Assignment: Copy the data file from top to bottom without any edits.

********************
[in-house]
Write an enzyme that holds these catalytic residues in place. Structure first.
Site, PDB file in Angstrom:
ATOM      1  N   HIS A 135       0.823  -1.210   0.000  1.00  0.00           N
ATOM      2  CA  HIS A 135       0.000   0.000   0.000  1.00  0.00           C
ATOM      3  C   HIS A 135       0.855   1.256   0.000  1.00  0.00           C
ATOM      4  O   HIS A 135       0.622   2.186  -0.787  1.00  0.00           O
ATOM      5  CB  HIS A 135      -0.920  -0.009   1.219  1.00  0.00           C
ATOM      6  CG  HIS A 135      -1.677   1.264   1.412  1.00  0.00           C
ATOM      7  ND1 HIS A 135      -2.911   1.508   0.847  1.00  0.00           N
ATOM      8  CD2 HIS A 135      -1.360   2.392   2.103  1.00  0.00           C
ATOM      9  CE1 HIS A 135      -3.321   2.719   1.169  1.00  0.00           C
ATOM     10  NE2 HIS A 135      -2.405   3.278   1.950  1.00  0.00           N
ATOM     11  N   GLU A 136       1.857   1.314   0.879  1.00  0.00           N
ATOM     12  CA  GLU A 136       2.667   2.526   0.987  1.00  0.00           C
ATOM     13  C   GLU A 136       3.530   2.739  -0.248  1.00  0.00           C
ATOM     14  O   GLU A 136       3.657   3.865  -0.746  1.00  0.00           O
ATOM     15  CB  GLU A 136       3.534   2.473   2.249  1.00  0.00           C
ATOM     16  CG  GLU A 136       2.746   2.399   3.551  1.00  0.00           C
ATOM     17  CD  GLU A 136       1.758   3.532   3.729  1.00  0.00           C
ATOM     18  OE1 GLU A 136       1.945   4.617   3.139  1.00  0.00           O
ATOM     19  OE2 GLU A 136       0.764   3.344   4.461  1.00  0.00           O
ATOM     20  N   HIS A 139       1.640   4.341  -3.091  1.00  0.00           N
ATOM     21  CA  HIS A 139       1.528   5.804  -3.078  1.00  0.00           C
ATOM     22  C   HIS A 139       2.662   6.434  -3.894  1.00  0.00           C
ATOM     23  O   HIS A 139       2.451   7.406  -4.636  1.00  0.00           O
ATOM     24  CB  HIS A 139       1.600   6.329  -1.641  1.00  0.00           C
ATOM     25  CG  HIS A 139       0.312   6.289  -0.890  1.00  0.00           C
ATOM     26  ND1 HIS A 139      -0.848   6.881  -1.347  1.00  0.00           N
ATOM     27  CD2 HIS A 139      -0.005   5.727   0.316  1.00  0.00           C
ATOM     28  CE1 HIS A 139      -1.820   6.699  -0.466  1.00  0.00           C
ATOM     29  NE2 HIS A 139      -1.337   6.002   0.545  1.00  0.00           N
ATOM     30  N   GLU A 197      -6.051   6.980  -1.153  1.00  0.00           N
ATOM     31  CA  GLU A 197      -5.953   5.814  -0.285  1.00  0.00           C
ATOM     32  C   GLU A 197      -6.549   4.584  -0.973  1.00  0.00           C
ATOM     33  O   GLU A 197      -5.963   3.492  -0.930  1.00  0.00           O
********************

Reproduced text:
[in-house]
Write an enzyme that holds these catalytic residues in place. Structure first.
Site, PDB file in Angstrom:
ATOM      1  N   HIS A 135       0.823  -1.210   0.000  1.00  0.00           N
ATOM      2  CA  HIS A 135       0.000   0.000   0.000  1.00  0.00           C
ATOM      3  C   HIS A 135       0.855   1.256   0.000  1.00  0.00           C
ATOM      4  O   HIS A 135       0.622   2.186  -0.787  1.00  0.00           O
ATOM      5  CB  HIS A 135      -0.920  -0.009   1.219  1.00  0.00           C
ATOM      6  CG  HIS A 135      -1.677   1.264   1.412  1.00  0.00           C
ATOM      7  ND1 HIS A 135      -2.911   1.508   0.847  1.00  0.00           N
ATOM      8  CD2 HIS A 135      -1.360   2.392   2.103  1.00  0.00           C
ATOM      9  CE1 HIS A 135      -3.321   2.719   1.169  1.00  0.00           C
ATOM     10  NE2 HIS A 135      -2.405   3.278   1.950  1.00  0.00           N
ATOM     11  N   GLU A 136       1.857   1.314   0.879  1.00  0.00           N
ATOM     12  CA  GLU A 136       2.667   2.526   0.987  1.00  0.00           C
ATOM     13  C   GLU A 136       3.530   2.739  -0.248  1.00  0.00           C
ATOM     14  O   GLU A 136       3.657   3.865  -0.746  1.00  0.00           O
ATOM     15  CB  GLU A 136       3.534   2.473   2.249  1.00  0.00           C
ATOM     16  CG  GLU A 136       2.746   2.399   3.551  1.00  0.00           C
ATOM     17  CD  GLU A 136       1.758   3.532   3.729  1.00  0.00           C
ATOM     18  OE1 GLU A 136       1.945   4.617   3.139  1.00  0.00           O
ATOM     19  OE2 GLU A 136       0.764   3.344   4.461  1.00  0.00           O
ATOM     20  N   HIS A 139       1.640   4.341  -3.091  1.00  0.00           N
ATOM     21  CA  HIS A 139       1.528   5.804  -3.078  1.00  0.00           C
ATOM     22  C   HIS A 139       2.662   6.434  -3.894  1.00  0.00           C
ATOM     23  O   HIS A 139       2.451   7.406  -4.636  1.00  0.00           O
ATOM     24  CB  HIS A 139       1.600   6.329  -1.641  1.00  0.00           C
ATOM     25  CG  HIS A 139       0.312   6.289  -0.890  1.00  0.00           C
ATOM     26  ND1 HIS A 139      -0.848   6.881  -1.347  1.00  0.00           N
ATOM     27  CD2 HIS A 139      -0.005   5.727   0.316  1.00  0.00           C
ATOM     28  CE1 HIS A 139      -1.820   6.699  -0.466  1.00  0.00           C
ATOM     29  NE2 HIS A 139      -1.337   6.002   0.545  1.00  0.00           N
ATOM     30  N   GLU A 197      -6.051   6.980  -1.153  1.00  0.00           N
ATOM     31  CA  GLU A 197      -5.953   5.814  -0.285  1.00  0.00           C
ATOM     32  C   GLU A 197      -6.549   4.584  -0.973  1.00  0.00           C
ATOM     33  O   GLU A 197      -5.963   3.492  -0.930  1.00  0.00           O